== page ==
6. An electron multiplier structure comprising at least three rows of dynode elements, the dynode elements of the middle row having two concave secondary electron emitting surfaces and being displaced with respect to the elements of the remaining rows so that electron flow takes place from the elements of the middle row to the elements of the other rows, means for feeding electrons to the dynode elements at one of said rows and a collector electrode for receiving multiplied electrons from the dynode elements at the other ends of said rows.
7. An electron multiplier structure including a plurality of rows of dynode elements each having two concave active electron releasing surfaces, the dynode elements in adjacent rows being displaced in position so that flow of electrons may take place between the curved active surfaces in adjacent rows, and an electron focussing electrode having two concave surfaces at the input end of at least one of said rows.
8. An electron multiplier structure including at least three rows of dynode elements, the elements of end rows having at least one active concave electron releasing surface facing the inner rows, the elements of the inner rows having two active concave electron releasing surfaces facing in opposite directions, and means for feeding electrons to be multiplied to the dynodes at adjacent ends of said rows.
9. An electron multiplier device including a plurality of rows of dynode elements each having two concave electron releasing surfaces, the dynode elements in adjacent rows being displaced in position along the length of the rows so that flow of electrons between rows takes place, means for feeding electrons to be multiplied to dynode elements at one end of said rows, and an electron collector electrode for receiving multiplied electrons from the dynode elements of the other ends of said rows.
10. An electrode structure comprising an apertured substantially non-emissive metallic disc and a plurality of elongated dynode elements each mounted across said aperture and each having at least one active concave electron releasing surface.
'11. An electrode structure comprising an apertured metallic disc and a plurality of dynode elements mounted in spaced relation across said aperture, certain of said elements having two substantially opposed concave surfaces for receiving electrons passing through said aperture.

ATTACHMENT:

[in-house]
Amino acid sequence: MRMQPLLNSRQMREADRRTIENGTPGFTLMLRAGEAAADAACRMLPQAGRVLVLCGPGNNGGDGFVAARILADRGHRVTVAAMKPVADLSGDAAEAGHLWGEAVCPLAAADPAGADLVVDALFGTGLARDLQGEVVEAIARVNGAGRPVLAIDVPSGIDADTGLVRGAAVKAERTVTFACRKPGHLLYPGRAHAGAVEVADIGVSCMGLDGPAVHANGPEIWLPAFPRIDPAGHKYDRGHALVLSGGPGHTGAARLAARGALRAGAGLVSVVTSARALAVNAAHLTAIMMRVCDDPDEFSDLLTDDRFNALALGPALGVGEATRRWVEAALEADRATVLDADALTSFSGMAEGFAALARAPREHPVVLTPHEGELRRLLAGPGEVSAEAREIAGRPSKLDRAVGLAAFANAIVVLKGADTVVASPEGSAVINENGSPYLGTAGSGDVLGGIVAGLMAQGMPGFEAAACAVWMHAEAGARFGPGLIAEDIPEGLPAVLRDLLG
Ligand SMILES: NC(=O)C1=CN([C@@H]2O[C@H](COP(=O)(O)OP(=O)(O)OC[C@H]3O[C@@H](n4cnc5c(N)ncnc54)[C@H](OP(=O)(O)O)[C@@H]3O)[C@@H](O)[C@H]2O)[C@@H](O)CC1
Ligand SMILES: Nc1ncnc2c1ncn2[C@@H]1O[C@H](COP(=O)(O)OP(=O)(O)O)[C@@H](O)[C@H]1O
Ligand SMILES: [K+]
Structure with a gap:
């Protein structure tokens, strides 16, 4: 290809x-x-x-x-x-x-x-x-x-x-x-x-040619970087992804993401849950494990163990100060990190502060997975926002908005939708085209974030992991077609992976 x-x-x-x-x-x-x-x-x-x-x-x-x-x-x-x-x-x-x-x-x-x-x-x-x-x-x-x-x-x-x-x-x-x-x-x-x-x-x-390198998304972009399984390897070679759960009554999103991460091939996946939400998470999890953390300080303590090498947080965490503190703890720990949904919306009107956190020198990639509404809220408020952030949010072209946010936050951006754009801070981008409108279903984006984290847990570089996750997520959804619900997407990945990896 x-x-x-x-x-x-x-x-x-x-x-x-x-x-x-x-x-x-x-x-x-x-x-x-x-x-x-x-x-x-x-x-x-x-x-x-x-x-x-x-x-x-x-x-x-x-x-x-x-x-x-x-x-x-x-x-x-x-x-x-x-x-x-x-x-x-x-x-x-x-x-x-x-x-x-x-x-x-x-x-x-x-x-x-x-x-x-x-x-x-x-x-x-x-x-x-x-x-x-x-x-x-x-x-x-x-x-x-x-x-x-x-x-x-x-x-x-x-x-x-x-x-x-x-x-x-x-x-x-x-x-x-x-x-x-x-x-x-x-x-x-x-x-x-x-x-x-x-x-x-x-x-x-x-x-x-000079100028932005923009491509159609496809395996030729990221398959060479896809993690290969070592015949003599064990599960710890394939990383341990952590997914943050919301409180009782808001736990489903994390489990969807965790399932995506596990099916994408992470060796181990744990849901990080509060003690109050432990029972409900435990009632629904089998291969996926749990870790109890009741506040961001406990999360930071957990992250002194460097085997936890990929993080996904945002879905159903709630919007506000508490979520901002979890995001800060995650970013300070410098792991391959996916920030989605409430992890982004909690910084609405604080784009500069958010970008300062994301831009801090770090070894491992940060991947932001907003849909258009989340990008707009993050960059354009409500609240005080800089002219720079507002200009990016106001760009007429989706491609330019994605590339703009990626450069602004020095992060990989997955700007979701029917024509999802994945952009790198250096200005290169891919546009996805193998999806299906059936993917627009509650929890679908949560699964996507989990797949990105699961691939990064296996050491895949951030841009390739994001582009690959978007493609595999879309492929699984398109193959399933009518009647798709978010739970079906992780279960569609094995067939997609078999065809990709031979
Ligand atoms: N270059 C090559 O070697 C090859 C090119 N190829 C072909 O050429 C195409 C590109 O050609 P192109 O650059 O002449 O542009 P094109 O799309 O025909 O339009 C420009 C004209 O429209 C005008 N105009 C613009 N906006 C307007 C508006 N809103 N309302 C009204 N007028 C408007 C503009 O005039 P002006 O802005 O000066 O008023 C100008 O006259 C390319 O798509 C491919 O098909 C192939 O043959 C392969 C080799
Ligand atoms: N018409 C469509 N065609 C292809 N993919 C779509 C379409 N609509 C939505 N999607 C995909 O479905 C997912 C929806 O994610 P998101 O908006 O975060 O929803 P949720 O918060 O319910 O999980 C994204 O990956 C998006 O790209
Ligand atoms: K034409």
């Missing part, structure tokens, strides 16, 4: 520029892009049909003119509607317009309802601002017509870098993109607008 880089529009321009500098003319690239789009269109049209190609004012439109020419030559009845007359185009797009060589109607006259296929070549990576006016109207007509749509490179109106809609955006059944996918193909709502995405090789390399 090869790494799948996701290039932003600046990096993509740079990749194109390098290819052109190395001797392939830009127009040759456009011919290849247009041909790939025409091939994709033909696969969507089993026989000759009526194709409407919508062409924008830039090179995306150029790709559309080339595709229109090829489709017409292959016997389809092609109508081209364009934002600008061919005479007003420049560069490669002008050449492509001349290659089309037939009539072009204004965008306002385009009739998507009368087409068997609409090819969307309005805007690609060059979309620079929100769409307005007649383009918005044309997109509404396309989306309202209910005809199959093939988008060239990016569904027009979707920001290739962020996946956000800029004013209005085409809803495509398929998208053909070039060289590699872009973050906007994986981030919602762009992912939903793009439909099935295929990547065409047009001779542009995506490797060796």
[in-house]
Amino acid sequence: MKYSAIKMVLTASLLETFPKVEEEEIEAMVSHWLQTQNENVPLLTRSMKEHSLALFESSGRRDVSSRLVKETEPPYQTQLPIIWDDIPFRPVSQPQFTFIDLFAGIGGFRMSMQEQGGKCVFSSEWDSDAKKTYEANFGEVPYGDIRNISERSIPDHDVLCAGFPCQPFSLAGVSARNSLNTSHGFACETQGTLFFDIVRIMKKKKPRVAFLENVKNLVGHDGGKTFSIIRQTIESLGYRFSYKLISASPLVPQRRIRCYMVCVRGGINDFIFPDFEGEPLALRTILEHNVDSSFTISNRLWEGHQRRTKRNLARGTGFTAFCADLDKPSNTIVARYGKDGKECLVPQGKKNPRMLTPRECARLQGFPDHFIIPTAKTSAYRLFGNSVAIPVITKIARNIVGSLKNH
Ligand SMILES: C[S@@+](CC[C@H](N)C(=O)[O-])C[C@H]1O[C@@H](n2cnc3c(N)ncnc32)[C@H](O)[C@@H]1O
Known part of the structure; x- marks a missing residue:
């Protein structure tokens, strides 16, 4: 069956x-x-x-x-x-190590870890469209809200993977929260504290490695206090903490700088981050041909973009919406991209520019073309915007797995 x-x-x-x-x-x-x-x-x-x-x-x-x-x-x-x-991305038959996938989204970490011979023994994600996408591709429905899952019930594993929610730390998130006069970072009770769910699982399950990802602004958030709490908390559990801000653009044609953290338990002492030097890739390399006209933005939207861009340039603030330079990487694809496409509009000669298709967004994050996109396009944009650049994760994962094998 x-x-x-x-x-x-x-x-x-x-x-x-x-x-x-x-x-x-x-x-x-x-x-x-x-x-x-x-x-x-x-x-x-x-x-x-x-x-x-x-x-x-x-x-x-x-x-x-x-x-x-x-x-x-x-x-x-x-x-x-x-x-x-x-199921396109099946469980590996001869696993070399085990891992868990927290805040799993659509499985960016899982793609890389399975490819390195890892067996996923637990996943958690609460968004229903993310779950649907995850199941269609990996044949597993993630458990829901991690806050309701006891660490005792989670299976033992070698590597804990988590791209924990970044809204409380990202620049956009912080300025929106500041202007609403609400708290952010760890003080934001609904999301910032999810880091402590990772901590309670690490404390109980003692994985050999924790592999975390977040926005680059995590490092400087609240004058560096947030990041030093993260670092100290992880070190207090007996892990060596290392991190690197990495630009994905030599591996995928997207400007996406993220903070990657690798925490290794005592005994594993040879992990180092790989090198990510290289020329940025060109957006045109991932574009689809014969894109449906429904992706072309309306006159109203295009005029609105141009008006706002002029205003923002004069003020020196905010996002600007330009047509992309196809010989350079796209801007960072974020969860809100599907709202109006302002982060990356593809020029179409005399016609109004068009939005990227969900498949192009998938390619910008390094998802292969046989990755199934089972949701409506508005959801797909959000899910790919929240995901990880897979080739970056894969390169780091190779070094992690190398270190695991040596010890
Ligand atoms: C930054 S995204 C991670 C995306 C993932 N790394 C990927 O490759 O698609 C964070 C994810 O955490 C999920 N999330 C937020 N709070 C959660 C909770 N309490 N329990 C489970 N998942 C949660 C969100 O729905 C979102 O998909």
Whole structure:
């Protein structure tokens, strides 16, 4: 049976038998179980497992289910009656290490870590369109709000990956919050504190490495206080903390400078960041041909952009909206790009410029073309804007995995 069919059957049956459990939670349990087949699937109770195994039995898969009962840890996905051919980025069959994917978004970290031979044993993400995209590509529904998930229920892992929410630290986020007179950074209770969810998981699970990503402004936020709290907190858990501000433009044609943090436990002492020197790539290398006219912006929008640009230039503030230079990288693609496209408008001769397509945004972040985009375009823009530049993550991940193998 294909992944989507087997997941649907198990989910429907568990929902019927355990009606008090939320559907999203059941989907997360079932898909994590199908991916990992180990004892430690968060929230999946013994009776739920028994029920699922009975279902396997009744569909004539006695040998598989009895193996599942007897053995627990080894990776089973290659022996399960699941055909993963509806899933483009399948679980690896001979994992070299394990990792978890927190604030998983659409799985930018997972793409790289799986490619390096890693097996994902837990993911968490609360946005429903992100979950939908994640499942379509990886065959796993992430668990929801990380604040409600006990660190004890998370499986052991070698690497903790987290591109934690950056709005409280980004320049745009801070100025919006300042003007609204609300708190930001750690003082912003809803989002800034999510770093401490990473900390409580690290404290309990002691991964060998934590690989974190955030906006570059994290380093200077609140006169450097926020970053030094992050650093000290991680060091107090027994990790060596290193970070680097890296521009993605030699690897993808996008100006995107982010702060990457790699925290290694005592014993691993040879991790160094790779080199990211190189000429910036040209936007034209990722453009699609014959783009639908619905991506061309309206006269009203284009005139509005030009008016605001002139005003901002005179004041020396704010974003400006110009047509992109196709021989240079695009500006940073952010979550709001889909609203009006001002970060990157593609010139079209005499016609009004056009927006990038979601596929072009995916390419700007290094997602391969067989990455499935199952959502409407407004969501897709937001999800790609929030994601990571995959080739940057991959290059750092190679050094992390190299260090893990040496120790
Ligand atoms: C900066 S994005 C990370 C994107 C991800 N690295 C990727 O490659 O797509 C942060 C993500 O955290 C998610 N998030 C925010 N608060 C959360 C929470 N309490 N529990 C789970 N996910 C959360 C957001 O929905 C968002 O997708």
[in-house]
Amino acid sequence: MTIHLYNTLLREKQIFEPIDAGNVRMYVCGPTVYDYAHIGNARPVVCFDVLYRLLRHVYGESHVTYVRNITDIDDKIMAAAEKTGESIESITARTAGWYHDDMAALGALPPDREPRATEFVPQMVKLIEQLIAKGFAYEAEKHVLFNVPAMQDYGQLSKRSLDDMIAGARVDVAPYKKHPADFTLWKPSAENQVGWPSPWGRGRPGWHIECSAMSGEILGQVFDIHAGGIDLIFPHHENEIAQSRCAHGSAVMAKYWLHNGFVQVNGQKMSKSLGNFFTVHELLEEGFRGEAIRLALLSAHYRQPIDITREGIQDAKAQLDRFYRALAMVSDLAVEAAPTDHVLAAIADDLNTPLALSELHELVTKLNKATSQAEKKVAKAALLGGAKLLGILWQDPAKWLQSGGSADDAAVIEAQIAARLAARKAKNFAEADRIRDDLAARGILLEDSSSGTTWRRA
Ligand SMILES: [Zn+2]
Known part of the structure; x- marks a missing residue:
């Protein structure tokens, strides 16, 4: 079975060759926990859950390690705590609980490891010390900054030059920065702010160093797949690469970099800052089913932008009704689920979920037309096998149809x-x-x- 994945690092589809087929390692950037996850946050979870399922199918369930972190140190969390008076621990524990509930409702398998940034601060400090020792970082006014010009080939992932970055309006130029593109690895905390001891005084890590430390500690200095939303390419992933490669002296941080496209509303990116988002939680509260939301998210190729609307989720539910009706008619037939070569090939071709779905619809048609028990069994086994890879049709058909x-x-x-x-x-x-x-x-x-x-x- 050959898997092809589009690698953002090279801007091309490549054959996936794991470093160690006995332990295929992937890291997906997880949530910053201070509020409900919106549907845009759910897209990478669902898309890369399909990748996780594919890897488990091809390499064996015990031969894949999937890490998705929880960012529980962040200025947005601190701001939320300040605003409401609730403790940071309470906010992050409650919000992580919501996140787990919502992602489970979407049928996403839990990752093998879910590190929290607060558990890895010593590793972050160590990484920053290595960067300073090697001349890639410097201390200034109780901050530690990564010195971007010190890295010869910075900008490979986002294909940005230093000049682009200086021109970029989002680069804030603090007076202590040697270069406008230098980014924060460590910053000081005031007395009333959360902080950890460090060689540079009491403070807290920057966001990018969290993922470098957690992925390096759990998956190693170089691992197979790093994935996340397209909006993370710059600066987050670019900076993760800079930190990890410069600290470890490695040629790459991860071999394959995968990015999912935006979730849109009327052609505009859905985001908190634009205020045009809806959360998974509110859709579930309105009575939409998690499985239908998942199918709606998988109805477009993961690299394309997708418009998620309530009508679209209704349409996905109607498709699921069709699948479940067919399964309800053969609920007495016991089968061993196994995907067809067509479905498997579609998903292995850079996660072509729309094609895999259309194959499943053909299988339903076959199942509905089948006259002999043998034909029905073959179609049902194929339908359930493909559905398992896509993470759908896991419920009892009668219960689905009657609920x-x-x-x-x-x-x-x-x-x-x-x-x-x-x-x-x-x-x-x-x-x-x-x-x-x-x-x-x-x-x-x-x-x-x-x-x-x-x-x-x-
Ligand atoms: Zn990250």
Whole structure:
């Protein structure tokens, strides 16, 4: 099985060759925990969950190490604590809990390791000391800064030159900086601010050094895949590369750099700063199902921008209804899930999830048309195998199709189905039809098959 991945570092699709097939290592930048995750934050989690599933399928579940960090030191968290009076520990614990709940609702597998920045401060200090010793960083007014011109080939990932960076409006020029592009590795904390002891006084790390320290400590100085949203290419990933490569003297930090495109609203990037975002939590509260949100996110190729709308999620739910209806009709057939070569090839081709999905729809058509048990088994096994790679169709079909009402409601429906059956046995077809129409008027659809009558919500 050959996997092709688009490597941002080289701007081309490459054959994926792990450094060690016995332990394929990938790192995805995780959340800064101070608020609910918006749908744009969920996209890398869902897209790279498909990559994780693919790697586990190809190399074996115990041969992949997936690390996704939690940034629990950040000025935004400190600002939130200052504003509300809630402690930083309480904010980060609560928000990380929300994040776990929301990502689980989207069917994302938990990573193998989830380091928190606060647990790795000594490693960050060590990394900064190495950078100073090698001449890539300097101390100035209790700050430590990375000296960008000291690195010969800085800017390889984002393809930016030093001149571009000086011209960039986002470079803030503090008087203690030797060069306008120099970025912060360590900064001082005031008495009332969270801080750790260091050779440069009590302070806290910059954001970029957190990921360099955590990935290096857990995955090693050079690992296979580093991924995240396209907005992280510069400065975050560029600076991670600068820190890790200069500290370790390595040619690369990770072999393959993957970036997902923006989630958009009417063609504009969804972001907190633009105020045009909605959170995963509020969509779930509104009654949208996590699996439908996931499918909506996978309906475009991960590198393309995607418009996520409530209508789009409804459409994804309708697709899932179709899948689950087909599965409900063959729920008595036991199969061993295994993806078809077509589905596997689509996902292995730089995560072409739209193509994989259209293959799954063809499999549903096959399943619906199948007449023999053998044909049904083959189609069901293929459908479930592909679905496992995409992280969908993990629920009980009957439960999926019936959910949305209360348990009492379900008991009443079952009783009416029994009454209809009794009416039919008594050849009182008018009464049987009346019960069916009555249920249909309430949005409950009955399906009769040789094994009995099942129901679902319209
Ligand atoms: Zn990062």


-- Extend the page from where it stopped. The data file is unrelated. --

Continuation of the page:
12. An electron beam tube, comprising an electron multiplier electrode assembly including at least three rows of dynode elements, each row having a plurality of dynode elements including initial and final elements, an electron collector electrode comprising an active surface wherein channels are formed and means for mounting said electron multiplier electrode and electron collector electrode in iixed relation with portions of the final dynode elements of alternate rows positioned in said channels.
13. An electron discharge device comprising, in combination, an electron source, two electron collector electrodes in the path of emission from said source, a knife edge blocking electrode in a plane transverse to the said electron path, said knife edge blocking electrode comprising apertures in opposed quadrants of a circle having its origin substantially in the axis of the path of the electron beam when at rest and deflecting electrodes adjacent the path of said beam between the electron source and said knife edge blocking electrode.
14. An electron discharge device, comprising a source of electrons, an electron target electrode comprising a channeled active surface, and at least three rows of electron multiplier electrodes interposed between said source and said target electrode.
15. An electron discharge device, comprising a source of electrons for producing an electron stream along a predetermined path, an electron target electrode toward which the electrons are directed, three or more rows of electron multiplier electrodes interposed between said source and said target and electron stream deflecting electrodes on opposite sides of said path and between said source and said electron multiplier electrodes.
16. A beam tube comprising in combination, an apertured main support member, a closure member at one side thereof fastened thereto and including an insulating member, a target electrode supported by the insulating member and extending into said aperture, an electron multiplier electrode clamped to the other side of said support member and comprising in series dynode elements with the nal elements facing said target electrode in said aperture, an electron beam source mounted on the other side of said support member to feed electrons to the initial dynode elements, and a closure member fastened to the said other side of said main support member and enclosing said beam source.